For example, Barry Bonds made a comment that all hall of fame players from a pre-Jackie Robinson era, in other words all white players prior to 1947, should be stripped of their honors because they were not forced to play against Blacks. I understand that Bonds may be a poor example because many people already find him intolerable, but this is still his view and it is one that certainly perpetuates racism. By making this comment he is directly implying that Black players are simply better than White players. And this qualification of “better” does not come from hours of practice or steroid use in Bonds’ case. Instead, it comes from an inherent talent associated with being Black. Whether this is true or false is not important. What is important is that this comment perpetuates the idea that Blacks have an inherent athletic talent and this discredits any hard work that is actually put in by these players.
Another example comes from Bryant Gumble, a Black commentator who regularly appears on HBO. When speaking about the Winter Olympic athletes from Turin he stated, "Try not to laugh when someone says these are the world's greatest athletes, despite a paucity of blacks that makes the Winter Games look like a GOP convention." This remark conveys the idea that with a lack of Black athletes at the games the level of competition has gone down. In other words, Black athletes are better than White athletes. Again, whether or not this is true is irrelevant because many will take it as truth and it will be further supported by the success of Blacks in professional sports.
It is an unfortunate double-edged sword. Blacks have success on the court or on the football field and become remarkable role models for youths looking for a way out of poverty or problems. But with this success comes the notion that it is easier for Black athletes to succeed because of inherent physical capabilities. This discredits their success and perpetuates racist ideals that made it hard for them to succeed in the first place. This thought is constantly nagging me because, in all honesty, I still am not sure of the truth. I believe that we are all on equal ground and that I have the potential to run, jump, or throw as far as a Black person equivalent to me. I believe that Blacks dominate the NBA because it is ingrained in inner-city culture as “a way out.” But am I right? I have searched but have found no credible evidence to support either claim and still wonder if some of the racist sports philosophy is based on some truth.
While there has been much discussion regarding Appiah's dismissal of DuBois's concept of sociohistorical race, it seemed prudent to analyze whether the concept of sociohistorical race is somehow achievable in a manner that truly detaches it from biology. DuBois offered that a people are not coupled as a race as a result of color, hair type, or other physiological similarities, but rather as a group who shares a common history, who have experienced the same strife and goals and who have, as a group, moved forward. He also offers that this sociohistorical concept helps to establish the function of race, namely that G-d intended for each of the eight races to contribute something unique to all of mankind, and that together, these contributions would advance each and every race. The question though, is whether there is any context in which one can divorce social history from biology.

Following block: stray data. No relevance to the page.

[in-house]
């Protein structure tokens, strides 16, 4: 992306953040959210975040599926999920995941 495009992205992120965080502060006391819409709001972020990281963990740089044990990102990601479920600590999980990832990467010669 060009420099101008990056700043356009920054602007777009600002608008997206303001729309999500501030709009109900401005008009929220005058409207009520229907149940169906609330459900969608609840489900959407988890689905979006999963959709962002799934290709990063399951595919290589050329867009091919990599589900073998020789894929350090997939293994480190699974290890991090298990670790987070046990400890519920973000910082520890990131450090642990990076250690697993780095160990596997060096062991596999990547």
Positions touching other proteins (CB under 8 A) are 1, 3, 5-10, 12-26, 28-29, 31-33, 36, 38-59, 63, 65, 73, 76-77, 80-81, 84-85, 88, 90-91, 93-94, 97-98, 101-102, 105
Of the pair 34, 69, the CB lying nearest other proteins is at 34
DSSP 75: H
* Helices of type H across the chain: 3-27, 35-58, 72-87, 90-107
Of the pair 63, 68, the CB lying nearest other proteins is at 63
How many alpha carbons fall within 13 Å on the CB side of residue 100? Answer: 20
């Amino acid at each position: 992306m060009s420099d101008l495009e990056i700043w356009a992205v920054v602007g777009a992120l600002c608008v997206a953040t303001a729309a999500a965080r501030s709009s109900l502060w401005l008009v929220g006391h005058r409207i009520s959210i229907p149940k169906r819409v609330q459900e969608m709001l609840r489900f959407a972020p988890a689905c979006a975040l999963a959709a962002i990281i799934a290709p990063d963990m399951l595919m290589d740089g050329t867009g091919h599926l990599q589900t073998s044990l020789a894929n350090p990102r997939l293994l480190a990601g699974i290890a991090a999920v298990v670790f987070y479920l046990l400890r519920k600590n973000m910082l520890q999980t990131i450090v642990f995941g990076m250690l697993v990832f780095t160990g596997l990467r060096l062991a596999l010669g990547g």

In order to find such a context, one must take a rather unorthodox view of social history. Instances such as World War II, which brought many minorities together in a common fight against extinction as the result of Nazi aggression could feasibly have created entirely new sociohistorical races with regard to a common history, strife, and goal. While this would require an entirely new formation of the various “races” that DuBois identifies, it seems as though a dynamic system that allows for the introduction of new “races”, might be able to legitimize a sociohistorical approach to a race.
One primary problem with this redefinition is that many groups would lack the depth of history that it seems that DuBois requires, but this too is easily solved by a simple redefinition. What seems more troubling is whether the spirit of the social history discussed by DuBois is lost by such a definition. While there is some negative value in allowing for the dynamic introduction of races as the result of current events, there is quite a lot of positive value to be gained as well. Under the system of eight races proposed by DuBois, each race is assumed to have made its contribution with the exception of blacks. Under this system, each group could be expected to make a true contribution and given that it does not seem that the world could be made complete with only one additional racial contribution, a system in which races are able to emerge and make their own contribution seems more consistent with the imperfect world we live in.
This topic is incredibly liberal in terms of taking DuBois’s arguments and warping them to fit a context that does not require a biological history, so I’m interested to see the comments.